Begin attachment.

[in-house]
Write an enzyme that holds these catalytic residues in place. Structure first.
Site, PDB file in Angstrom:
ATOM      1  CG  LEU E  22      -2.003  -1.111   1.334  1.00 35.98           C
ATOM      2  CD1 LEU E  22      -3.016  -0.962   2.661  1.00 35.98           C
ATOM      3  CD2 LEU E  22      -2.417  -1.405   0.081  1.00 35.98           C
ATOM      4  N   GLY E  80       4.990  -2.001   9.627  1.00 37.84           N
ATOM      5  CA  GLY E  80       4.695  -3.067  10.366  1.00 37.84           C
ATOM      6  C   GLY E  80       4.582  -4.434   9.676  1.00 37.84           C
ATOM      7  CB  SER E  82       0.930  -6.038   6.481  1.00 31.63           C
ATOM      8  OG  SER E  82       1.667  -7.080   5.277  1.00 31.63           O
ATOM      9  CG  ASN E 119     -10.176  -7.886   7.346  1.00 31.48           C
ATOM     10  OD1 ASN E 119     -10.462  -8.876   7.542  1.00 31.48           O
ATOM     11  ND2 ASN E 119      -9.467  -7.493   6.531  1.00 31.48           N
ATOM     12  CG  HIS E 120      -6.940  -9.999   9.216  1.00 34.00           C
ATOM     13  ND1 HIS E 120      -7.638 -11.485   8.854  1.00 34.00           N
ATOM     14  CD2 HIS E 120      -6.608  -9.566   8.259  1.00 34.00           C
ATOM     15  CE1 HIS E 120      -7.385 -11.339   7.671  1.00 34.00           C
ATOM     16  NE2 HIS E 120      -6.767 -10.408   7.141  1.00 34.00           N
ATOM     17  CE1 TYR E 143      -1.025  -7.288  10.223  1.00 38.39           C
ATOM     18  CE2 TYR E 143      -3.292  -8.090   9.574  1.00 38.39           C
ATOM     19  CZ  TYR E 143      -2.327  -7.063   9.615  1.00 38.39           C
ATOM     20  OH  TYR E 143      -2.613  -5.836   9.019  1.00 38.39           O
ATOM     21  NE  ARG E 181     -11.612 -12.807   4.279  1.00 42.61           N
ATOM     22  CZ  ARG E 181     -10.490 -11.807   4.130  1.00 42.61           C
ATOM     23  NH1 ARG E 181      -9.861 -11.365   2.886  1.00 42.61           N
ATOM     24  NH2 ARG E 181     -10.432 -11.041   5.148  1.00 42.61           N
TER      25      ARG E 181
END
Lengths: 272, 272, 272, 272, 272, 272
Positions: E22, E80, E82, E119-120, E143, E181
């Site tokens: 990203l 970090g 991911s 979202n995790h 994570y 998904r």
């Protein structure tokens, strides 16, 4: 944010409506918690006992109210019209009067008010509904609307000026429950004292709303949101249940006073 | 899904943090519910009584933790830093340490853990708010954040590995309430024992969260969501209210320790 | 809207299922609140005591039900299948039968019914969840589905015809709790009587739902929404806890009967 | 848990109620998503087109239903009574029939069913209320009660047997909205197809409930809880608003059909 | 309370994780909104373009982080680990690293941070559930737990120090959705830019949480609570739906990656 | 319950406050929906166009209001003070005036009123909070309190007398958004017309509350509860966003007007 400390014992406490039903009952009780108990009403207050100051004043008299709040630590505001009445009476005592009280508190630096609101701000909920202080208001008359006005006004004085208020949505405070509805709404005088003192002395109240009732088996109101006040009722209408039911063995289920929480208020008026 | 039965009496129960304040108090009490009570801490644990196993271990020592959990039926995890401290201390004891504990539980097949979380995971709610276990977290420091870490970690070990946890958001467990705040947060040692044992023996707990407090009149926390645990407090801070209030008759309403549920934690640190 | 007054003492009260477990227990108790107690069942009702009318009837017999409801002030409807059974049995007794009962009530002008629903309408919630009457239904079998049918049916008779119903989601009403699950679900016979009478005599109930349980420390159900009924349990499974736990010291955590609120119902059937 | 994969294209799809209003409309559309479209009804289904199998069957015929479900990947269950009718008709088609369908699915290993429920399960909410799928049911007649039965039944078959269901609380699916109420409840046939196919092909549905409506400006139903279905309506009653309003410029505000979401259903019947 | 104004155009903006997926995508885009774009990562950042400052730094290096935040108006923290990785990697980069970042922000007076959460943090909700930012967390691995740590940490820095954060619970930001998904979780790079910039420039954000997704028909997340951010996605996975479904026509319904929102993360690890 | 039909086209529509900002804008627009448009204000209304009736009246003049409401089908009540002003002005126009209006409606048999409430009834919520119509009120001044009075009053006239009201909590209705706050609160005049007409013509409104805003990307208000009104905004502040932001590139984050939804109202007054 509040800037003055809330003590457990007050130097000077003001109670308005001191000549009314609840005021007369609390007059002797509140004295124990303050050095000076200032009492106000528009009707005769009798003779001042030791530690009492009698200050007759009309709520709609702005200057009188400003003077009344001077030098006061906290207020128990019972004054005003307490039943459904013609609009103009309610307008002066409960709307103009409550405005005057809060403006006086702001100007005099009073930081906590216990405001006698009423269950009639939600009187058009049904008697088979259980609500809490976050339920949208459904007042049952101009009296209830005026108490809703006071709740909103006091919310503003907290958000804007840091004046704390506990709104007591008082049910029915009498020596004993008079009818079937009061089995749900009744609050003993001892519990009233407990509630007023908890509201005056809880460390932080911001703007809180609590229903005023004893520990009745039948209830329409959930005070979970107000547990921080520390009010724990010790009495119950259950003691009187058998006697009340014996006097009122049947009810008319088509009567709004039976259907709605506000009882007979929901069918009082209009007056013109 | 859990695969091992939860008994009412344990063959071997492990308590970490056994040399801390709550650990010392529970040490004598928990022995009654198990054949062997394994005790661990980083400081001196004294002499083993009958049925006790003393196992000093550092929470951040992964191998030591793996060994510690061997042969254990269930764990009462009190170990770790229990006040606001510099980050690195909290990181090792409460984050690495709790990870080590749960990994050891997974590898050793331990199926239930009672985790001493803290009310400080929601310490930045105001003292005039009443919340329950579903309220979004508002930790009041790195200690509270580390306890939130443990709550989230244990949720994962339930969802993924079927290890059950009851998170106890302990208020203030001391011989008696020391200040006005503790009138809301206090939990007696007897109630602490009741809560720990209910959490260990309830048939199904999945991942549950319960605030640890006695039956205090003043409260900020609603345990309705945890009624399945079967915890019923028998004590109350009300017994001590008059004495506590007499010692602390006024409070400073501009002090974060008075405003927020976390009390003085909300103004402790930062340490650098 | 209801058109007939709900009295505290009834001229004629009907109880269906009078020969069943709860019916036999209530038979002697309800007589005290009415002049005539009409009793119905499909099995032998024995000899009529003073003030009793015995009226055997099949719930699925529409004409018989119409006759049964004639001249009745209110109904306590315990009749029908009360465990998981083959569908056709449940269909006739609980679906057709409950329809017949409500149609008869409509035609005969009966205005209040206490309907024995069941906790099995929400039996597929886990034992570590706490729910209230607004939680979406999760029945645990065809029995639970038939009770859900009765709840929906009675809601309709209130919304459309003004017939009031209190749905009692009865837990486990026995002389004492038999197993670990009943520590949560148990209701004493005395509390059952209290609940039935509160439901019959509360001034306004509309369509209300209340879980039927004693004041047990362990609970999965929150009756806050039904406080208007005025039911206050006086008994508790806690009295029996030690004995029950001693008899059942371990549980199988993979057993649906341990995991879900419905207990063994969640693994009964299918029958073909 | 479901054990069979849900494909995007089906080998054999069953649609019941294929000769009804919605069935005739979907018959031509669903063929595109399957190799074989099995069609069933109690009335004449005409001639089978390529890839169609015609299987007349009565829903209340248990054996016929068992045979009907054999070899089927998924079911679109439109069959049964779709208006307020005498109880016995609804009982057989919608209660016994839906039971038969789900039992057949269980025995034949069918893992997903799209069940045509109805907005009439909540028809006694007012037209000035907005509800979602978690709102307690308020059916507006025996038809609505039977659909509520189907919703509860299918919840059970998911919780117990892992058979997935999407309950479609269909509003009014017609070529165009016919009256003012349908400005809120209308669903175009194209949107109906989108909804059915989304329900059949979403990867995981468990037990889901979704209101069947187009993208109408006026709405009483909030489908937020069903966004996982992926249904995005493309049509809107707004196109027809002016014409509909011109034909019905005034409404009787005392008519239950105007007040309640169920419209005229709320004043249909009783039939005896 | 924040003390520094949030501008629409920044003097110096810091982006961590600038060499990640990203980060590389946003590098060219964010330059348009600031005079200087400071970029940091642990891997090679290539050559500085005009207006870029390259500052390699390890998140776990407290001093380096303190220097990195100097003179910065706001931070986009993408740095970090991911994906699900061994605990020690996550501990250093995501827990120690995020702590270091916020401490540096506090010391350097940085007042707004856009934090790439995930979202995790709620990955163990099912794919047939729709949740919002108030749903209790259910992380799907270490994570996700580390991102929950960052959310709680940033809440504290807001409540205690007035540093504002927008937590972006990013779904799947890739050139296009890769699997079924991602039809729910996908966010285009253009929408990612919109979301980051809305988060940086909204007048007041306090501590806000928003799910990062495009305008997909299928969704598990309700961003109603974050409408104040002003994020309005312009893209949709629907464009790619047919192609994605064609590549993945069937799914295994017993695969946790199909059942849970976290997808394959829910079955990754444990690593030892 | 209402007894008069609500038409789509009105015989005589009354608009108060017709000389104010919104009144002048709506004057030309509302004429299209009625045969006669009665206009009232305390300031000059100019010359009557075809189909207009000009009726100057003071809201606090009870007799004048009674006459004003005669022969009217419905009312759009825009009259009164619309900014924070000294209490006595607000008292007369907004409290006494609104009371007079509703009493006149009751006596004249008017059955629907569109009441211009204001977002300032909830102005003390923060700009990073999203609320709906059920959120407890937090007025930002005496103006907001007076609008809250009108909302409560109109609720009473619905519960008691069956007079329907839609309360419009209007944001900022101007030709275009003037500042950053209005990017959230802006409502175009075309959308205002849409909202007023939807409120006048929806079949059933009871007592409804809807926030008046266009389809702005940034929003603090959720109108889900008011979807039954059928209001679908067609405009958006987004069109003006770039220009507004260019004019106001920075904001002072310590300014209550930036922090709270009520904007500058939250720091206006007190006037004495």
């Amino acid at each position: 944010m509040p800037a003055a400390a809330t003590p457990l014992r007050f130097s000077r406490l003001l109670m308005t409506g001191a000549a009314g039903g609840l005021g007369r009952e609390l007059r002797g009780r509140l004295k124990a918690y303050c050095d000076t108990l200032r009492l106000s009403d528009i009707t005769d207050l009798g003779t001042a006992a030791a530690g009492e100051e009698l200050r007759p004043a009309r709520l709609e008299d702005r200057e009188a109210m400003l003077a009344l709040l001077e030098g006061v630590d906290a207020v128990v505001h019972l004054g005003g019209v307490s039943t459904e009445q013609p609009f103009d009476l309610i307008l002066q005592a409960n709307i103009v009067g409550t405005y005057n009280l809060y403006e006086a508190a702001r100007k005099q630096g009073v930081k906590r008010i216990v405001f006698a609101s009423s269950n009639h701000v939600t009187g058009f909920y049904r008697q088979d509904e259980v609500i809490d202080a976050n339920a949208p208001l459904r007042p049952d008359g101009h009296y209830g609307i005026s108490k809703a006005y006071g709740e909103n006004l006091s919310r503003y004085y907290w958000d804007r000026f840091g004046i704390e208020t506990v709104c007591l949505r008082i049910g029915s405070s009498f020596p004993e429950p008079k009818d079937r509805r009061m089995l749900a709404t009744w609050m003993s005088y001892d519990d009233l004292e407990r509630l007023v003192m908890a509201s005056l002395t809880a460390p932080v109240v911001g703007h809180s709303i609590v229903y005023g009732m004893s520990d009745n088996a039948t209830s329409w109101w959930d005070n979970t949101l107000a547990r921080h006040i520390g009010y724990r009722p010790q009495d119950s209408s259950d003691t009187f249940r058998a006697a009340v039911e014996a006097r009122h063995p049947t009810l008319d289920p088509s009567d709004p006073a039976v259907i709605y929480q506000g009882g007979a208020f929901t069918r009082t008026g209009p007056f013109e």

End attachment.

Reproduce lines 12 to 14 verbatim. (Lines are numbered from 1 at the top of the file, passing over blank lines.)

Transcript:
ATOM      9  CG  ASN E 119     -10.176  -7.886   7.346  1.00 31.48           C
ATOM     10  OD1 ASN E 119     -10.462  -8.876   7.542  1.00 31.48           O
ATOM     11  ND2 ASN E 119      -9.467  -7.493   6.531  1.00 31.48           N